[11] The reduction in GPS receiver position noise translates into a reduction of inaccuracy in sub-daily baseline estimates. Since long baseline laser strainmeters are the most accurate measurement of strain available we use them as the measuring rod for evaluating sub-daily GPS strain measurements.Figure 3shows the improvement in sub-daily baseline stability for a ~260 km baseline (GMRC-SIO5,Figure 1), using kinematic 30 second solutions for a period of one day (in (a) time and (b) frequency domains) in relation to both laser and borehole strainmeters. To calculate the GPS strain we first calculate the mean baseline Euclidean length of the GMRC-SIO5 vectors over the period of interest (day), which is then subtracted from the baseline measurement at each epoch. The remainder (i.e., the variation about the mean) is then divided by the baseline mean length. This relatively long baseline (~260 km) was chosen to represent an upper limit of baseline length that might observe a transient strain signal, and for its geographic bracketing of the laser and borehole strainmeters at Pinon Flats (Figure 1), which will later be used for strain noise level comparison. Analysis of shorter baselines will follow. The purpose of this comparison is to qualitatively evaluate how close the improved GPS baseline time series may get to the regional ‘true’ strain measurements from borehole and laser strainmeters. The standard deviation over a day of the estimated daily time series strain derived from our noise reduction strategy is on the order of 9.7e–9, compared to 1.7e–9 and 1.6e–9 for the borehole and laser strainmeters, respectively. This means that the time domain noise levels obtained by our noise reduction strategy are 5.5–6 times larger than the ones obtained by the borehole and laser strainmeters over a period of a day. However, in order to evaluate the noise reduction strategy relative to the borehole and laser strainmeters in shorter periods relevant to transient strain detection, a frequency domain comparison is shown Figure 3b. Implementing the above noise reduction strategies improves the baseline strain noise by a factor of ~10 depending on the period, yet it is still ~2–3 orders of magnitude noisier than the borehole and laser strainmeters. This implies that at sub-daily periods and a long (~250 km) baseline, we can only detect strain signals that are ~2–3 order of magnitude higher than the ones typically detected by the borehole and laser strainmeters depending on the period.

[12] Since the multipath noise is independent of baseline length, the noise level (as measured by the standard deviation of the strain time series over a day) scales inversely with the baseline length. We analyzed the dependence of baseline strain accuracy on baseline length over baselines varying in length from 50 m to 260 km. The noise level of sub-daily strain goes down from ~0.1μstrain at sub-fault-depth scales (<20 km) to ~0.01μstrain at tectonic scales (>100 km). For reference, the slow earthquake described by Linde et al. [1996] produced a local (fault of several kilometers in size) slow earthquake signal of ~0.5 μstrain over a day. Based on the above analysis a signal of that magnitude may be just within the detection capabilities of a short (~10 km) baseline of two GPS stations.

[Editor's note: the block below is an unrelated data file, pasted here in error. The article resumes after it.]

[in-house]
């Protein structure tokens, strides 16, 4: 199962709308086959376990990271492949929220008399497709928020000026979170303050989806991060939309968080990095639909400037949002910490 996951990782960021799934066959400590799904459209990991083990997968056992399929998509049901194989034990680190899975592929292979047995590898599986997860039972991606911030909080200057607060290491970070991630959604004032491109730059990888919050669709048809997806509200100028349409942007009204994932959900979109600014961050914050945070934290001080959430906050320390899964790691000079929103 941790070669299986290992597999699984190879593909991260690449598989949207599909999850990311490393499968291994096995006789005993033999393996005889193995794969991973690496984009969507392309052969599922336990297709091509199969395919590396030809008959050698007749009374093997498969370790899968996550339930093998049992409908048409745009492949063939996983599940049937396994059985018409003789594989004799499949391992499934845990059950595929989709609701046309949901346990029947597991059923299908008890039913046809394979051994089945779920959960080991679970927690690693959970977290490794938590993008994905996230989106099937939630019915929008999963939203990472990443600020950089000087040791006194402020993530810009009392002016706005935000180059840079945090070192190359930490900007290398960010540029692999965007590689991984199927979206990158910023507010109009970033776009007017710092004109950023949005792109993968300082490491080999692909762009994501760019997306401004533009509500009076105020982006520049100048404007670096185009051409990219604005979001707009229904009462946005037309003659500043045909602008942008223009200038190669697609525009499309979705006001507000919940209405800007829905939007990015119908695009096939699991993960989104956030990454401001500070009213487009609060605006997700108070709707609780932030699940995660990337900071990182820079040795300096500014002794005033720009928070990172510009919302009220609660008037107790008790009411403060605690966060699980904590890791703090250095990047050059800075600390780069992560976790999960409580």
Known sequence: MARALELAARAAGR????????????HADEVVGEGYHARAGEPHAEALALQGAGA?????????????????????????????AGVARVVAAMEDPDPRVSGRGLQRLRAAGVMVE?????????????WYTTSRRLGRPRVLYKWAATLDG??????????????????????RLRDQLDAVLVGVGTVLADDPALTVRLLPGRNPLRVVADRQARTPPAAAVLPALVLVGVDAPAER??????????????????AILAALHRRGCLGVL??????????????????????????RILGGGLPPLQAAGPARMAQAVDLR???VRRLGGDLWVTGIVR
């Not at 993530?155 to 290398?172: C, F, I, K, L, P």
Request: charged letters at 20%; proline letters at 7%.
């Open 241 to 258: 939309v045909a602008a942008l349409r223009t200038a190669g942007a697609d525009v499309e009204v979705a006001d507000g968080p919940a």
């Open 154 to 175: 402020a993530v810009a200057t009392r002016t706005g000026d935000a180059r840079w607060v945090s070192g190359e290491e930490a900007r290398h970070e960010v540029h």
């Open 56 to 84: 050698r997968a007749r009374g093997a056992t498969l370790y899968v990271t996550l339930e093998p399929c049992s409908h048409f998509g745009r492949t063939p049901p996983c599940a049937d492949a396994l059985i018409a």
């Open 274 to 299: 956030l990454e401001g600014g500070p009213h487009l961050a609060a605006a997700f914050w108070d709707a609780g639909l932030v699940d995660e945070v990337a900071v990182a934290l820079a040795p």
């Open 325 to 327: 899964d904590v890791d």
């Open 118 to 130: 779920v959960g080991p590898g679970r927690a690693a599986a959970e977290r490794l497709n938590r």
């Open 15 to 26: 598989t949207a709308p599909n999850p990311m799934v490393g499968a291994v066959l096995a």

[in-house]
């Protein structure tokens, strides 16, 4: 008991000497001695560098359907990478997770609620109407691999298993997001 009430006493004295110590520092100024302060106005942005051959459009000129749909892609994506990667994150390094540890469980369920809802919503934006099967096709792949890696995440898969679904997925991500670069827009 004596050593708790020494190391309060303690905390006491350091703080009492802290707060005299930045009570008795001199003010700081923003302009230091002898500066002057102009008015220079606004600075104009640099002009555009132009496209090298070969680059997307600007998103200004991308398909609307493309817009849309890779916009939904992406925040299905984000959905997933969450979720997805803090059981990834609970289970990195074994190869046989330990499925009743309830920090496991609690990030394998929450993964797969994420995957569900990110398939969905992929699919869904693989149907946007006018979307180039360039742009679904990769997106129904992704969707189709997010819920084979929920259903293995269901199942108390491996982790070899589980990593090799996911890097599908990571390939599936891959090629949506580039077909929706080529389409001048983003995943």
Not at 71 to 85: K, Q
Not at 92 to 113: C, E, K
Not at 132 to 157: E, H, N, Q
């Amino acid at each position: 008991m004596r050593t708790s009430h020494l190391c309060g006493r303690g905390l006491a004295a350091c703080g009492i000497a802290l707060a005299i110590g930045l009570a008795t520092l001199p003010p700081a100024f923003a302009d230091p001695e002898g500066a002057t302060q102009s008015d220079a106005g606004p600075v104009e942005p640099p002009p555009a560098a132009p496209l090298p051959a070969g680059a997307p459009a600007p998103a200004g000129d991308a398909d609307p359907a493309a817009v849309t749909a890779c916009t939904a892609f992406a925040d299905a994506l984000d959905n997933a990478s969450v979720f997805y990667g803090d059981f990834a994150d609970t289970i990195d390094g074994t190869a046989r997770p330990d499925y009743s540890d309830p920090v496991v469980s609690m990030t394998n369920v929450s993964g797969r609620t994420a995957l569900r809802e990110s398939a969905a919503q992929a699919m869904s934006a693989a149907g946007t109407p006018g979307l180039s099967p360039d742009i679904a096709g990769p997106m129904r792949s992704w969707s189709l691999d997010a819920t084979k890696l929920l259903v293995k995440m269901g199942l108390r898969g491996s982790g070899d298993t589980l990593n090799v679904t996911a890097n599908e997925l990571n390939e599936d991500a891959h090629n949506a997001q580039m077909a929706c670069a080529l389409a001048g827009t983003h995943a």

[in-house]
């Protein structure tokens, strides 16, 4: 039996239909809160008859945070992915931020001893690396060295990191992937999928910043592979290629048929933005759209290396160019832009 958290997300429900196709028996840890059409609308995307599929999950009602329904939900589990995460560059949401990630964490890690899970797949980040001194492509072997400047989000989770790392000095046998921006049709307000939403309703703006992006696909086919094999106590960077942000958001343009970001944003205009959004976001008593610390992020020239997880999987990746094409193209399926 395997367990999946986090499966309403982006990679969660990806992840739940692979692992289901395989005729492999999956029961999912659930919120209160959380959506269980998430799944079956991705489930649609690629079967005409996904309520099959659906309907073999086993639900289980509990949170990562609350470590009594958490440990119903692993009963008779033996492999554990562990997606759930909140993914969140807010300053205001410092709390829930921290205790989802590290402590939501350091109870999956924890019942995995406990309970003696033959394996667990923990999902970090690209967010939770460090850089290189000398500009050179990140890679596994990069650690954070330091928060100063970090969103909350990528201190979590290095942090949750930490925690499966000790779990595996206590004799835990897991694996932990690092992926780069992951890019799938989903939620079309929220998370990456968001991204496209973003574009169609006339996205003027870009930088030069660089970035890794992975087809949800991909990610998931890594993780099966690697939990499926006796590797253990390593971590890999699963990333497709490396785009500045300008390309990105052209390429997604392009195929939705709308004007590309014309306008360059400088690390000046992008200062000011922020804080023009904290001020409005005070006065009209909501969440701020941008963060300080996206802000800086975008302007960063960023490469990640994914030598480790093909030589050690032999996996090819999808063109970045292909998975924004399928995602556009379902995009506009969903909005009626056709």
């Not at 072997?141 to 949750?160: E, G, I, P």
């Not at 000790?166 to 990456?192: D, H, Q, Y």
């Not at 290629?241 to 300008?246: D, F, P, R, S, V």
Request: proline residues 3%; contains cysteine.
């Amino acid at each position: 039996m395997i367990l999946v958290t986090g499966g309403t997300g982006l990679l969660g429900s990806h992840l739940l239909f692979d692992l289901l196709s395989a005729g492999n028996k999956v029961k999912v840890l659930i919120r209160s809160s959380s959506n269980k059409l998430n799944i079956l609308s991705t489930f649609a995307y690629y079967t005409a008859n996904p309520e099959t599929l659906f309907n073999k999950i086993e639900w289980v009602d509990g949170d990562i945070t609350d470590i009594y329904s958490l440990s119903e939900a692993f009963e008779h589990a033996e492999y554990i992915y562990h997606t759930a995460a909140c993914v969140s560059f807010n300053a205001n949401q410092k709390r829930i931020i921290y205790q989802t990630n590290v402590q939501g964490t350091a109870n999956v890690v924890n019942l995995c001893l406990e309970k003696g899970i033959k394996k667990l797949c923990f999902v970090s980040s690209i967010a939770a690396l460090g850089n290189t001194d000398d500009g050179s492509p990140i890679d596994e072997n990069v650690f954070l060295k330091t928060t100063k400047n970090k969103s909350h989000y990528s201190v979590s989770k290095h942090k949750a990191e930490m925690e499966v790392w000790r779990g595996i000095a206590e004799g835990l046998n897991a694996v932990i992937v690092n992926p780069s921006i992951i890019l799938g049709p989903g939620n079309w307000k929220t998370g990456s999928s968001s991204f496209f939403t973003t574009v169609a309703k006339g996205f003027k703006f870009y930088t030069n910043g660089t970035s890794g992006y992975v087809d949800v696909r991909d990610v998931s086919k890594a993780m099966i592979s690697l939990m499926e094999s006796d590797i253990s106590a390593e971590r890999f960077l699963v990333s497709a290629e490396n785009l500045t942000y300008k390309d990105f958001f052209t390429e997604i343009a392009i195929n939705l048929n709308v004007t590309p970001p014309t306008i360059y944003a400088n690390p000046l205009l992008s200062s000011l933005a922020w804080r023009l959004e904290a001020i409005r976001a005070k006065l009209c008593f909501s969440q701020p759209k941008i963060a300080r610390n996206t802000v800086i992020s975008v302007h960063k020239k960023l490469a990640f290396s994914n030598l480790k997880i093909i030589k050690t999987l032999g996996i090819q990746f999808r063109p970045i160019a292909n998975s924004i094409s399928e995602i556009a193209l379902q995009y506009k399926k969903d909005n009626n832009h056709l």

[13] It should be noted that a small portion (less than 10%) of the noise associated with orbit and clock (satellite and receiver) error is introduced into the GPS point positioning solutions, and manifests itself as a common-mode error on 24-hours time scale periods. For station position estimates, this noise is easily removed as the improved noise reduction strategy enables the detection of these diurnal jumps that are typically hidden in the multipath noise. These common-mode errors are canceled out in the baseline strain estimates.

4. Conclusions

[14] The noise reduction strategies employed in this study can significantly reduce the sub-daily station position noise and consequently the baseline noise caused by multipath and sub-daily troposphere variations. This is accomplished by applying pre-calculated tropospheric corrections pre-estimated from static station positioning calculations, and by applying a Modified Sidereal Filter (MSF) correction to the phase data prior to performing a kinematic estimation of the station positions. Together, these improve the sub-daily noise levels of station positions by a factor of ~2–5 and the baseline strain estimates by up to a factor of ~10 depending on baseline length and the strain signal period. For a ~100 km baseline this translates to a sub-daily strain noise level on the order of ~0.1μstrain over a day. This noise reduction strategy enables a new capability for routinely measuring tectonic strain using GPS on time scales not typically examined by GPS and provides new observations of the deformation field in the underexplored period band of ~1 hour to a day. By employing these troposphere and the MSF reduction strategies, modern GPS networks can serve as exploratory tools for mapping regional variations in sub-daily strain in regions where no laser or borehole strainmeters exist and GPS stations are abundant. In such regions, although still ~2 orders of magnitude noisier than laser and borehole strainmeters, routine GPS estimates of the sub-daily strain field should be used for continuous monitoring of transient deformation. It is possible that further reduction of GPS based strain estimates may be achieved if multiple baselines are combined to measure sub-daily strain at a single location. This may be the focus of future research.

Acknowledgments

[15] The authors wish to thank the editor, reviewers and Duncan Agnew for their thoughtful and constructive critique of the manuscript. The research was carried out at the Jet Propulsion Laboratory, California Institute of Technology, under a contract with the National Aeronautics and Space Administration.

[16] The Editor thanks two anonymous reviewers for assisting in the evaluation of this paper.